The Early Years
Baptist Chapel Church History – as written in 1986.
In the beginning was--------------Joe Log Baptist Church:
Baptist Chapel Church, as we know it today, was started around the year 1869, over 117 years ago. It was at that time called Joe Log Church. Due to the location of the county lines, the church was located in Moore County. No one knows why the name Joe Log was selected. There are several people living today who remember the church as it was then, although they did not attend church there. They attended school in the building – after the members of the church moved to the present location.
The three people who remember it most clearly are Mr. Hubert Womack, Mr. Connie Howard, and Mr. Malcolm Dickens. Of these three people we talked with, “Mr. Malcolm”, as he is affectionately called, remembers it best. All three agree that the church was named Joe Log Baptist Chapel Church and that the church was begun by Mr. Elder C. Churchill. Mr. Churchill was a member of Muddy Spring Church, now known as Juniper Springs; thus the saying that Juniper Springs was the mother of Baptist Chapel.
Although Moore Union Christian Church was only a short distance from the location selected for Joe Log Church, travel then, to say the least, was slow and the denomination was Christian instead of Baptist, so began the formation of a new church. You would have been considered fortunate to have a horse and buggy to travel by, Many people walked for miles to attend the church of their choice, so the formation of Joe Log Church made a house of worship more accessible to the surrounding community.
The information presented here from 1896 to 1913 is based purely on what Mr. Malcolm, Mr. Womack, and Mr. Howard remember. We also have gathered information from Elnora Howard, who remembers how the church looked. Apparently no records of any kind were kept on the activities of the church.
The sketch presented here was done by Francis Chester who attends Baptist Chapel Church. The sketch, although it is imaginary since there are no pictures available, depicts very well what the church must have looked like. The building consisted of one large room with rough, hewn log benches. The sanctuary of the church also served as the Sunday school rooms. Heat in the winter was provided by a wood stove. The members cut and hauled the wood for heating and kept a plentiful supply on hand.
There is no accurate list of members of the church. The ones listed here were given to us by Mr. Malcolm Dickens and members of his family. Nodie Womack, Addie Burns Lett and May Dickens played the organ for the congregation to sing. There was no formal choir. Mr. Will Dickens led the singing. It was not known how often a month church was held, but it is assumed that the minister had several churches in his field and he had to divide his time between them. Because of the difficulty in traveling, no Wednesday night services were held. When your Sunday for church rolled around, it was considered to be a very important day and services were well attended.
Mr. Spence Burns, lay person attending Moore Union Church, filled the pulpit at Joe Log when Reverend Archie Campbell, the minister from Campbell College was not present. Mr. Campbell filled several pulpits at that time and the journey from Campbell College was quite a distance to come by horse and buggy. These men were dedicated to their God and to their church. No member was paid for their time spent in performing their duties in the church. The minister received no set salary. Collection was taken up on the Sunday preaching was held. This amount was sufficient for all the weddings he performed, funerals he held, and visiting the sick and many other services he performed. The minister was “pounded” every so often during the year. This meant that the church community gave a pound of meat, vegetables, potatoes, flour, and even clothing that the family could use. Anything the members had was shared with their minister. Hymn books were few, and there were no trained voices, so the congregation was the Choir. There was no Baptistery to use when a person joined the church. The nearest creek or river was used for this purpose. After you made a public confession of the Christian faith and were baptized, you were expected to follow the by-laws laid down by the church leaders. If you did not live up to these promises, you were expulsed from the church. If someone reported that a member had been drunk, in a brawl, using excessive profanity, or missing too many services, the member was called before the church leaders to give an explanation. If the explanation was not accepted, you were expulsed from the church. Women were expulsed for adultery. Legend is that some members were turned out for trading horses on Sunday. Perhaps their interpretation of the Bible is considered outmoded in these modern times, but if you valued your church and wanted to worship your God there, you obeyed the rules made by the members from their interpretation of the Bible.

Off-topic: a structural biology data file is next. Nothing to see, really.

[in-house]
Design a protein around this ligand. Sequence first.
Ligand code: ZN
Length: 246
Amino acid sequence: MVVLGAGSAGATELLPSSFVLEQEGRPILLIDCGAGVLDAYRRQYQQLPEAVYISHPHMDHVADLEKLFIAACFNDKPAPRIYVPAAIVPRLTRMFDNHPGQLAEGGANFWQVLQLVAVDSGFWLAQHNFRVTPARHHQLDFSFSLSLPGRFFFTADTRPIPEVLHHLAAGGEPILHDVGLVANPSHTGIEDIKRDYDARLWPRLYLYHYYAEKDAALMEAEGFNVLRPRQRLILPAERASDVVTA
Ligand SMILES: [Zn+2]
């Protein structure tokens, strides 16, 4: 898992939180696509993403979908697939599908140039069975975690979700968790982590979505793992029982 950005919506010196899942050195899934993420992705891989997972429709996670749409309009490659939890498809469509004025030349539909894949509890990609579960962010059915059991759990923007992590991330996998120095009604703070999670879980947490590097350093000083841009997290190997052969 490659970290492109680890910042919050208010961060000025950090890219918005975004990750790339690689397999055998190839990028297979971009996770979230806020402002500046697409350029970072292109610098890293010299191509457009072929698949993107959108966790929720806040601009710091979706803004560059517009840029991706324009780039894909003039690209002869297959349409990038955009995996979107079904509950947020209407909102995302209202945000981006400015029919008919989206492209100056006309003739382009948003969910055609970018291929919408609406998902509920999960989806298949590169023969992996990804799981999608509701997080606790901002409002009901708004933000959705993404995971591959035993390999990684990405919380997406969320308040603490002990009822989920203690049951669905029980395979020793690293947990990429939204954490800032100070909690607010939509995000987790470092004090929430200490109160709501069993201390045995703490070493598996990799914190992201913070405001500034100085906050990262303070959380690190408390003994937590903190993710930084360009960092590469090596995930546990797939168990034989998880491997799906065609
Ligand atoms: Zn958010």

Joe Log Cemetery is still in the original place. According to Emma Burns, the land for the church and cemetery was given by Jim and Sally Pittman. Following is a list of the members and their families who were buried there. Infant child of W.J. and M. L. Kelly 1920; Martha Dickens 1822-1918; Sally Pittman 1853-1950; Louis Fred Measmer 1914-1971; Adath Kelly 1903-1926; William J. Kelly 1875-1955; Mary Black Kelly 1885-1962; Ruth Mamie Kelly Sloan 1904-1959; N.F. Smith 1854-1926; Adelaide D. Smith 1861-1917; Lassie Gilchrist 1897-1979; Charlie Gilchrist 1893-1979; five infant children of Lassie and Charlie Gilchrist. The upkeep of the cemetery today is questionable.